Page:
• T is for Talking, and it relates to alterations in speech such as slurring, garbled, unintelligible phrases, or an inability to respond properly. People who have had a stroke or any severe head trauma may be difficult to understand, and others may find it difficult to understand them. Request that the other person repeats a simple sentence, such as “The apple is red.”
  • E stands for Eyes, which relates to changes in vision. Total vision loss in one eye, double vision, and partial vision loss in one or both eyes are all examples of sudden vision changes that can occur during a stroke or brain bleed. If the patient is responsive, try asking them how well they can see. If they don’t respond properly or at all, a medical professional will likely check once you arrive at the emergency room.
  • R stands for React, and it serves as a reminder to call 911 right away if you see any of these symptoms. Even if the symptoms subside, call and try to recall when they originally appeared.

Common Causes and Risk Factors

As stated, any major head trauma can result in a brain bleed, and head trauma, in the most general sense, is the primary cause of brain bleeds. The causes of a brain bleed are about as varied as the number of ways that you can hit your head, but the risk factors that determine how likely you are to develop a bleed after hitting your head can often be forgotten about.

It’s important to keep your individual risk factors in mind, as those with a high risk of developing a brain bleed may need a far less severe head injury to set off the chain reaction than someone without these factors in play.

Age

It’s no secret that the elderly population as a whole is more susceptible to injury and illness. As our bodies age, we begin to lose a lot of structural integrity—our bones grow weaker, our skin and blood vessel walls thin out, and mobility issues often become a problem. With that being said, the elderly population is at the highest risk for brain bleeds. The reason behind this is simple: slip-and-fall accidents are the largest contributor to brain bleeds out of any other injury type.

This is largely because, due to the weakened blood vessels and reduced blood clotting abilities typically found in elderly people, if any damage occurs, they’re far more likely to bleed. Think about how many elderly people you’ve seen with massive bruising on their arms or legs, and consider how this applies to the brain.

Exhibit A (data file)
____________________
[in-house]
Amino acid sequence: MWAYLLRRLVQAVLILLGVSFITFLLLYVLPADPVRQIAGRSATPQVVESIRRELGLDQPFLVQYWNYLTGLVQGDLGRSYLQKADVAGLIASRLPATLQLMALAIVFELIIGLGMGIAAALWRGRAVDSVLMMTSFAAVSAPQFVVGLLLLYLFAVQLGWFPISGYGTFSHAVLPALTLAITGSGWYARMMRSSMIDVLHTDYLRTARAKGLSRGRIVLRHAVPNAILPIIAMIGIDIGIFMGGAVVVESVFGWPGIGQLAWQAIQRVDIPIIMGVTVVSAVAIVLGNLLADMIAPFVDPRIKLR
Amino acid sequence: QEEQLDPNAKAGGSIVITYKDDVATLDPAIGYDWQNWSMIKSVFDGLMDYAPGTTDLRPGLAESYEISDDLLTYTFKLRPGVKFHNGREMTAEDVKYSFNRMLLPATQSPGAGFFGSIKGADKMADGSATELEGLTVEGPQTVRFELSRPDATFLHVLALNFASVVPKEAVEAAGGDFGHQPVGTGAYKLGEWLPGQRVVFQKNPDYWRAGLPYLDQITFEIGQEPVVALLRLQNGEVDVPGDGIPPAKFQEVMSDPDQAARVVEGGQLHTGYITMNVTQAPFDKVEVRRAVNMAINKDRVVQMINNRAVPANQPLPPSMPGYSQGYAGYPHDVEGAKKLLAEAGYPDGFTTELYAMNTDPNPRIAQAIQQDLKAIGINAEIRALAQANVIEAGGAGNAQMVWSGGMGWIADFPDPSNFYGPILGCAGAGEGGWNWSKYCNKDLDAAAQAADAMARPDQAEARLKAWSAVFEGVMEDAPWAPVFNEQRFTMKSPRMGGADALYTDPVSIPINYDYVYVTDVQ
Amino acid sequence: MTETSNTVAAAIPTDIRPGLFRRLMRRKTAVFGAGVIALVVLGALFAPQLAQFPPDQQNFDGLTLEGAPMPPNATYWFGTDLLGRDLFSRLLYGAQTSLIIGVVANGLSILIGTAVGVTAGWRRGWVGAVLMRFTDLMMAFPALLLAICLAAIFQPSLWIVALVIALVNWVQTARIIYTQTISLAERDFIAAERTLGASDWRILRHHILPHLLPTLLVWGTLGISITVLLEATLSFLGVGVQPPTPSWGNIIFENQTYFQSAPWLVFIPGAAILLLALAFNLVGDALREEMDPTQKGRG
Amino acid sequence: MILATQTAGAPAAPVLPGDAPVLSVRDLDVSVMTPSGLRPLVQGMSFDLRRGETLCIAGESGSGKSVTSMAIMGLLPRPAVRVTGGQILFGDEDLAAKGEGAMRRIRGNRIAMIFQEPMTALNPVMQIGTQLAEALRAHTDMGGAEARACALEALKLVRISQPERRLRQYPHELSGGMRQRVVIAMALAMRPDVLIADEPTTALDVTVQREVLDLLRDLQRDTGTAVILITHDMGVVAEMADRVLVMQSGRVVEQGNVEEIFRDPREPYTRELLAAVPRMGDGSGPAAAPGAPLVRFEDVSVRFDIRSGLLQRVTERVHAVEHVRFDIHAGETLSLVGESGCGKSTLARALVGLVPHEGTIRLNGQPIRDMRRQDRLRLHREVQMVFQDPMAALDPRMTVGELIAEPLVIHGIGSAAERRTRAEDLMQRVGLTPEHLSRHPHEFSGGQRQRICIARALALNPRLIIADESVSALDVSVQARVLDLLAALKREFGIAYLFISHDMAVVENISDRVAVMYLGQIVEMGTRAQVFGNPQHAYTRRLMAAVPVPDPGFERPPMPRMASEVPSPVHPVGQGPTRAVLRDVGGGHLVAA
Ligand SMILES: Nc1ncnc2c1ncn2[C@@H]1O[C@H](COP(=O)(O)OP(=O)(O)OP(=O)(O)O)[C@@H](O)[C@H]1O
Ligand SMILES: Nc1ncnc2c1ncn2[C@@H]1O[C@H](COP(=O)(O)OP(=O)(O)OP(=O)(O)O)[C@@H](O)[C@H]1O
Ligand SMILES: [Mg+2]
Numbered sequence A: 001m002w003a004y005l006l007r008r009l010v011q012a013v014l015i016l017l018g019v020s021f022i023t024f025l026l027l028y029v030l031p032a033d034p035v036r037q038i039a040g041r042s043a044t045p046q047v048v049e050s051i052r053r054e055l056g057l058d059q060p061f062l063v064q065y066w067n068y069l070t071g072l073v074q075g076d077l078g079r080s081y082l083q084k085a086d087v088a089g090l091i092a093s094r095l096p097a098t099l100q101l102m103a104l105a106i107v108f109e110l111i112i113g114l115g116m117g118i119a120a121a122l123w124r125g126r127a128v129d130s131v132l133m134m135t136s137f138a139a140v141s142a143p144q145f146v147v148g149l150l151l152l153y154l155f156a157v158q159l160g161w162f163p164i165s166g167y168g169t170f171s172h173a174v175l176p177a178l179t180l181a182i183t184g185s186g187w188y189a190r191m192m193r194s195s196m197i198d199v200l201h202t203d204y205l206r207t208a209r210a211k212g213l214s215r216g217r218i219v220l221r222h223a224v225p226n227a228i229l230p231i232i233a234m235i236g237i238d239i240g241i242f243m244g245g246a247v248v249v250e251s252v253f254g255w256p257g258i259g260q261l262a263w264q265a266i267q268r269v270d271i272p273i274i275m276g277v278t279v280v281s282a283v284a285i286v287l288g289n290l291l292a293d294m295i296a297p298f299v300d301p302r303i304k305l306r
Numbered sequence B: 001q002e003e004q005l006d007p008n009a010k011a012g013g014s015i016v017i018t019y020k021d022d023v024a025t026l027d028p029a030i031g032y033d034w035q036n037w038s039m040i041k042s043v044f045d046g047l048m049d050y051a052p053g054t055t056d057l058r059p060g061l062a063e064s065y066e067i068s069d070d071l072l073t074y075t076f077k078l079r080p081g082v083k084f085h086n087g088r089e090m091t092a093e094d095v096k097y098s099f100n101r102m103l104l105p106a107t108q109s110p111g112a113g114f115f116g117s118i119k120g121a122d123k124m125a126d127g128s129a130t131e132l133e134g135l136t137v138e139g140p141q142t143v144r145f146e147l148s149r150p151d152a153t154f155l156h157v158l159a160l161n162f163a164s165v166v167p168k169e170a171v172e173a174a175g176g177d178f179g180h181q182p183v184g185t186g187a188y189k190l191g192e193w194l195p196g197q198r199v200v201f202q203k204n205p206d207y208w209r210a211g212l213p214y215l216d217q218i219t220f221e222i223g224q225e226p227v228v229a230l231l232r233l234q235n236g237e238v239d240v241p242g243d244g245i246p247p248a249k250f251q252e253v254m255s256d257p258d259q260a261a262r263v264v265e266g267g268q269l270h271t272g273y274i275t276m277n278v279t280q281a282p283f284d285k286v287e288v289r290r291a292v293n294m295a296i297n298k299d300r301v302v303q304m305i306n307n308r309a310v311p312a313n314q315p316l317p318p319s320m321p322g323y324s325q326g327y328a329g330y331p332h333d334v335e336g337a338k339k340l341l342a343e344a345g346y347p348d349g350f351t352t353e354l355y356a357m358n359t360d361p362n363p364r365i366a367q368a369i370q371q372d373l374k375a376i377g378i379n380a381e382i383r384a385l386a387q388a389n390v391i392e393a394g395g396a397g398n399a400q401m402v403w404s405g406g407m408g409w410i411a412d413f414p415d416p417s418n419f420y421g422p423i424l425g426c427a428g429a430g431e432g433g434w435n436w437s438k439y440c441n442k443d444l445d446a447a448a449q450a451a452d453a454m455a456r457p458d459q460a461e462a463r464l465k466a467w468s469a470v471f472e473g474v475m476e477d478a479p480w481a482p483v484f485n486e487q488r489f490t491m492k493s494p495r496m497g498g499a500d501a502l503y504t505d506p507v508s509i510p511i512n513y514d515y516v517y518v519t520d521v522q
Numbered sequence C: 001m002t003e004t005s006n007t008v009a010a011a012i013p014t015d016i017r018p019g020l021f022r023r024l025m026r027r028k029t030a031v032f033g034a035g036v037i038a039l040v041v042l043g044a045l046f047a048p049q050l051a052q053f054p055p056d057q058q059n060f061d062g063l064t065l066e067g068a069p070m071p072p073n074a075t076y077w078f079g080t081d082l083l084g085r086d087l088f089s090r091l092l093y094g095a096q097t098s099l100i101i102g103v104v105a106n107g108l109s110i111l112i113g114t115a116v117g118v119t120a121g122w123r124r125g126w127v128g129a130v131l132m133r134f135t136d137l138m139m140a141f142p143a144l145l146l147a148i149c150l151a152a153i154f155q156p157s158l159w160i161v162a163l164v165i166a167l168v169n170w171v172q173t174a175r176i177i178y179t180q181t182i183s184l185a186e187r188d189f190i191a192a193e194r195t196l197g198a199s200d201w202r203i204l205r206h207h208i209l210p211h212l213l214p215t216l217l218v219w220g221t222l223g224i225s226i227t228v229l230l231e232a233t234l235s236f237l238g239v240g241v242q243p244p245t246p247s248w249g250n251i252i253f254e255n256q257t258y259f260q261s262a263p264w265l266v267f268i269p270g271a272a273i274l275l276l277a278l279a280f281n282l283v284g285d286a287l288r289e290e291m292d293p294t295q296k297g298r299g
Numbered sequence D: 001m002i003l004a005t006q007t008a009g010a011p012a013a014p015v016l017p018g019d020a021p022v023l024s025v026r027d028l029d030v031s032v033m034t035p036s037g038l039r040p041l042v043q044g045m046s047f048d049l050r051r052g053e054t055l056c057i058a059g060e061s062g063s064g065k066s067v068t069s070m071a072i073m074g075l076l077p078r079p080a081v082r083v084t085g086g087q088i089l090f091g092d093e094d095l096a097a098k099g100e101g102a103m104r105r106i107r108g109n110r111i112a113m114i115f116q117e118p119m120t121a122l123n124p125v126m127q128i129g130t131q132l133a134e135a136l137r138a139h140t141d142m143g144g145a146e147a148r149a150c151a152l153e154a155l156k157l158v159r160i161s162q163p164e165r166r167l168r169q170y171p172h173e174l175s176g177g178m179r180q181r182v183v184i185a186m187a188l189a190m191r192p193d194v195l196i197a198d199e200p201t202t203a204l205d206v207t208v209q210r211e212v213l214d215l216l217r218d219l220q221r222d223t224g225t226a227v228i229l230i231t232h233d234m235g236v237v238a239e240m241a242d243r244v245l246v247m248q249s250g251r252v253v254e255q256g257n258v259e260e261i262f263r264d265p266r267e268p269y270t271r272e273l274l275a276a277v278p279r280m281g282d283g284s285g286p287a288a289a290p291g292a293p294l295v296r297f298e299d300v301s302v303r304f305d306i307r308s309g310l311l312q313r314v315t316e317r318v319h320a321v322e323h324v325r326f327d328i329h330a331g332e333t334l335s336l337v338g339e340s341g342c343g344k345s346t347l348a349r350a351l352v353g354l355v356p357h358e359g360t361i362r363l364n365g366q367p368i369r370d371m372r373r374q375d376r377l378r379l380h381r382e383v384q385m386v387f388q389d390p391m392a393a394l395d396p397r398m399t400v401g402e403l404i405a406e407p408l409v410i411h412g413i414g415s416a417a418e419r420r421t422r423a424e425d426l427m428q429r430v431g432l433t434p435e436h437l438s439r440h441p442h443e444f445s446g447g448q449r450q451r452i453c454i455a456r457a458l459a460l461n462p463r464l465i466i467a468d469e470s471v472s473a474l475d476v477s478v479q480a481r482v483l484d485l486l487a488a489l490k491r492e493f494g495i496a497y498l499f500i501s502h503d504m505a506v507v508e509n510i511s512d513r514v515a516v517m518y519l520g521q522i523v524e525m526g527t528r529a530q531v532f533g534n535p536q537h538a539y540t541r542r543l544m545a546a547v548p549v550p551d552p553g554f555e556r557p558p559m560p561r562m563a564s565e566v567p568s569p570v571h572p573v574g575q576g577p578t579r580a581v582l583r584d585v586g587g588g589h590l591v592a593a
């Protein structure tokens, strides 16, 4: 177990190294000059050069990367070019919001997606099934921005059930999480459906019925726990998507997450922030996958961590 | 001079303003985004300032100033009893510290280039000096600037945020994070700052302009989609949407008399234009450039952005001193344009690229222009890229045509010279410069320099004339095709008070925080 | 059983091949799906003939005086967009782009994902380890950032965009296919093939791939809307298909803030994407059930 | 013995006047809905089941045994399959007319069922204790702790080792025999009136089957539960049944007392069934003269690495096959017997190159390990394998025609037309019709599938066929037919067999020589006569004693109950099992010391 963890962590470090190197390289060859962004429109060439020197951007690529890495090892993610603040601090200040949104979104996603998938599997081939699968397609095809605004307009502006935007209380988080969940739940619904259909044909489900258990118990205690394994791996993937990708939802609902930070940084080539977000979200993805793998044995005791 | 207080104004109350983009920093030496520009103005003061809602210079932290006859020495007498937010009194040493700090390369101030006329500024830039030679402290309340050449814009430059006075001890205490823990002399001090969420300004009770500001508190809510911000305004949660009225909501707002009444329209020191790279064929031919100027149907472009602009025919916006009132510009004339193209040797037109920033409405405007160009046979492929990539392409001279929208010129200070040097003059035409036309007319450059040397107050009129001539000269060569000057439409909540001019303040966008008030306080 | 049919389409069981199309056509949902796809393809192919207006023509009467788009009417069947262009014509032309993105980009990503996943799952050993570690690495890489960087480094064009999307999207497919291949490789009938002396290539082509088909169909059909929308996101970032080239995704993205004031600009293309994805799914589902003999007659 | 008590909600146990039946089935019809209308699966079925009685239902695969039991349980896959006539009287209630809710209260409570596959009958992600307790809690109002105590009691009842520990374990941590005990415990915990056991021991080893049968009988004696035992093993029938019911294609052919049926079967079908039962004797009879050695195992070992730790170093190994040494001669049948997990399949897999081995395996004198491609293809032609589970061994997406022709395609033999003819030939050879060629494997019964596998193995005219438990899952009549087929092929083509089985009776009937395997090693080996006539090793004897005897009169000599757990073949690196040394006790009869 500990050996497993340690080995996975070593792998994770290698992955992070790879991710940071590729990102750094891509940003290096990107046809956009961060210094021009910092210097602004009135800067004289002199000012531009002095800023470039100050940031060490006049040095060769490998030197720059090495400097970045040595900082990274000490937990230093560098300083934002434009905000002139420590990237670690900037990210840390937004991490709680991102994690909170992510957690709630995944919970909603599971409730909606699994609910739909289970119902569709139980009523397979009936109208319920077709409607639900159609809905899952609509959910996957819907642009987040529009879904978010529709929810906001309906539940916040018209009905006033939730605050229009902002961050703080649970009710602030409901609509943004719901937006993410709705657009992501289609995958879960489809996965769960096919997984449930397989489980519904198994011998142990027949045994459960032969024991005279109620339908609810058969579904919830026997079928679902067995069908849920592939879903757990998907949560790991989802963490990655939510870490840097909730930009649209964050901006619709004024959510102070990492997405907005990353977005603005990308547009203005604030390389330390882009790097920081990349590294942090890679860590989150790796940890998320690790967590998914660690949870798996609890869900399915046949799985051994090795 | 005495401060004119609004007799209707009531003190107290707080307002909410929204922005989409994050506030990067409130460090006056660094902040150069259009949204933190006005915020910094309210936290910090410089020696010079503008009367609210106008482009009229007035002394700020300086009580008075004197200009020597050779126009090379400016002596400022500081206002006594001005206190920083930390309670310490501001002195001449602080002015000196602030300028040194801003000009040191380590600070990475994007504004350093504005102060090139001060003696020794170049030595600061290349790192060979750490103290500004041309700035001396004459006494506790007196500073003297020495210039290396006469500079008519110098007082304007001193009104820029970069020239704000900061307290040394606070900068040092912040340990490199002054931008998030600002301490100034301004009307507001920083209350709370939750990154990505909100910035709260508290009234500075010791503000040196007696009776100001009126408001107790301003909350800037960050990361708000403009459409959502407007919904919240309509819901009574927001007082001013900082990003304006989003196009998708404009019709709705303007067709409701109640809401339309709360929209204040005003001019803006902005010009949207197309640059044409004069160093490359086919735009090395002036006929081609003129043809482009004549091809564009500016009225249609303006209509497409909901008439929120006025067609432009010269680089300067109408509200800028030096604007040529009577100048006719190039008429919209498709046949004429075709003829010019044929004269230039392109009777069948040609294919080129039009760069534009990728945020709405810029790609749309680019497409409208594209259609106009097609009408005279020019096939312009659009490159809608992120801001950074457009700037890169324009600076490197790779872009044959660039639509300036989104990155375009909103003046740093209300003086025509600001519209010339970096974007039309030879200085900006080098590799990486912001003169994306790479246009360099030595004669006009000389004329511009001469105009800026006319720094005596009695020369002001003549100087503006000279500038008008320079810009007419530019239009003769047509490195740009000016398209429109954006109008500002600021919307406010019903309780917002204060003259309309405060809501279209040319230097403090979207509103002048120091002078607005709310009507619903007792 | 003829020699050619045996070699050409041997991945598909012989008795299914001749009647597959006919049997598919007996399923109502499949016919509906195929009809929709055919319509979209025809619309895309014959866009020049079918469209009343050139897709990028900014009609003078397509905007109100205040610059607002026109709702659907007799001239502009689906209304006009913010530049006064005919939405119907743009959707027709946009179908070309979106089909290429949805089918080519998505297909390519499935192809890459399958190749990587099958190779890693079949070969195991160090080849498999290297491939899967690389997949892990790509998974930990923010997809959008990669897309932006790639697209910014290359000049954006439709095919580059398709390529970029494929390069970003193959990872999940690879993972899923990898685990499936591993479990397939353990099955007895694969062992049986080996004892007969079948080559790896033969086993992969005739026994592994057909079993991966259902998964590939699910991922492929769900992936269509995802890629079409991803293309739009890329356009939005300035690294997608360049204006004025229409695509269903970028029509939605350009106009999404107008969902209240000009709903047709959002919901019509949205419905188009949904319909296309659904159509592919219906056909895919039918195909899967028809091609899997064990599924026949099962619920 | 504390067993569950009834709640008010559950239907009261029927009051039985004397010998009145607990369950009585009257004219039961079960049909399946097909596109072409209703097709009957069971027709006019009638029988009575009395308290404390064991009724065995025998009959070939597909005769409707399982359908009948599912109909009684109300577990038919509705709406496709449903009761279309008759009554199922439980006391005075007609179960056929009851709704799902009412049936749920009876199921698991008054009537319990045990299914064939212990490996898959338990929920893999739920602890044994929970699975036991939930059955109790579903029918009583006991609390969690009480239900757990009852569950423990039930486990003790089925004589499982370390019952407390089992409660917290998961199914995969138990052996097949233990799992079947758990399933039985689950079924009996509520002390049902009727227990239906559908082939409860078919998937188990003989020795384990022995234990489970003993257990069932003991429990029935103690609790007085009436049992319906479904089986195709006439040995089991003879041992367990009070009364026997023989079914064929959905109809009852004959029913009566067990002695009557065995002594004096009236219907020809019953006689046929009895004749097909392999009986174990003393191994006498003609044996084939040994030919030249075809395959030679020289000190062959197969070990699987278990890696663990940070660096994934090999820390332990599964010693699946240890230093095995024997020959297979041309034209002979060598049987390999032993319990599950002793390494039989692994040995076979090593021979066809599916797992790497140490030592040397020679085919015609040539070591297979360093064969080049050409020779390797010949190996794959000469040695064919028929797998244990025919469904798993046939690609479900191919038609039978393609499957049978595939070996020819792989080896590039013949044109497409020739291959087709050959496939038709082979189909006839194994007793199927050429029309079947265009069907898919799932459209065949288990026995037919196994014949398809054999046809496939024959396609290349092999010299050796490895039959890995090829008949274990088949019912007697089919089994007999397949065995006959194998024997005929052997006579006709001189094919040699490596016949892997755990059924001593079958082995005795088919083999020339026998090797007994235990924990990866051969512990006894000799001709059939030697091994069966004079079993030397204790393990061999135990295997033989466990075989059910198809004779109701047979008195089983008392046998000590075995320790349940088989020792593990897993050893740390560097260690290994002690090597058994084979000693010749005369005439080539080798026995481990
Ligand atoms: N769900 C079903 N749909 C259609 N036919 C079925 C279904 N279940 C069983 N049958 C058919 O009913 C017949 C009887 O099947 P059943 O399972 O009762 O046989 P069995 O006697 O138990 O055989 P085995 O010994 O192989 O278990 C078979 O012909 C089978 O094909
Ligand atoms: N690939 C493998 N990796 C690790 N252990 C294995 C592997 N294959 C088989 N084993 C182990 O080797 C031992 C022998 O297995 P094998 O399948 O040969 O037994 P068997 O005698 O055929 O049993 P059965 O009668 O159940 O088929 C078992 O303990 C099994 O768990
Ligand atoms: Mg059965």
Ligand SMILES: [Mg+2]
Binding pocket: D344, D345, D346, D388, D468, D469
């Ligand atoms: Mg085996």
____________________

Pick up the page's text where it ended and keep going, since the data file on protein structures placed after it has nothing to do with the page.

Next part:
Medications

Many medications can have a blood-thinning side effect, meaning that when you do bleed, you will bleed more and bleed faster before your body has the ability to make a clot. This is something to keep in mind, particularly when bringing someone else in for a brain bleed or suspected brain bleed, as they may not be able to properly communicate which medications they’re taking to their doctor. Giving an improper surrogate report can be damaging to their chances of survival and long-term recovery, so it’s extremely important that these factors be assessed if you’re the person’s emergency contact or caretaker.

High Blood Pressure

Heart disease is the most common killer of Americans in the modern day, and though high blood pressure on its own usually isn’t the killing factor, it can lead to far worse consequences. If your blood is flowing faster, you will bleed more before it is able to clot. The higher your blood pressure is, the more you will have to worry about this risk factor when it comes to any type of head injury.

AICA Orthopedics for Whole-Body Care

Head injuries of any kind are bad, but depending on the severity of the impact and your individual impact, your chances of developing a brain bleed could rise dramatically. Fortunately, it isn’t a death sentence. If you or a loved one has any sort of major head injury occur, try to call 911 and get to the hospital as soon as you can. Afterward, it’s best to follow your doctor’s orders in order to ensure the fastest possible recovery. If you’ve suffered from a brain bleed and still have complications from the event, consider contacting your local AICA center for recovery assistance.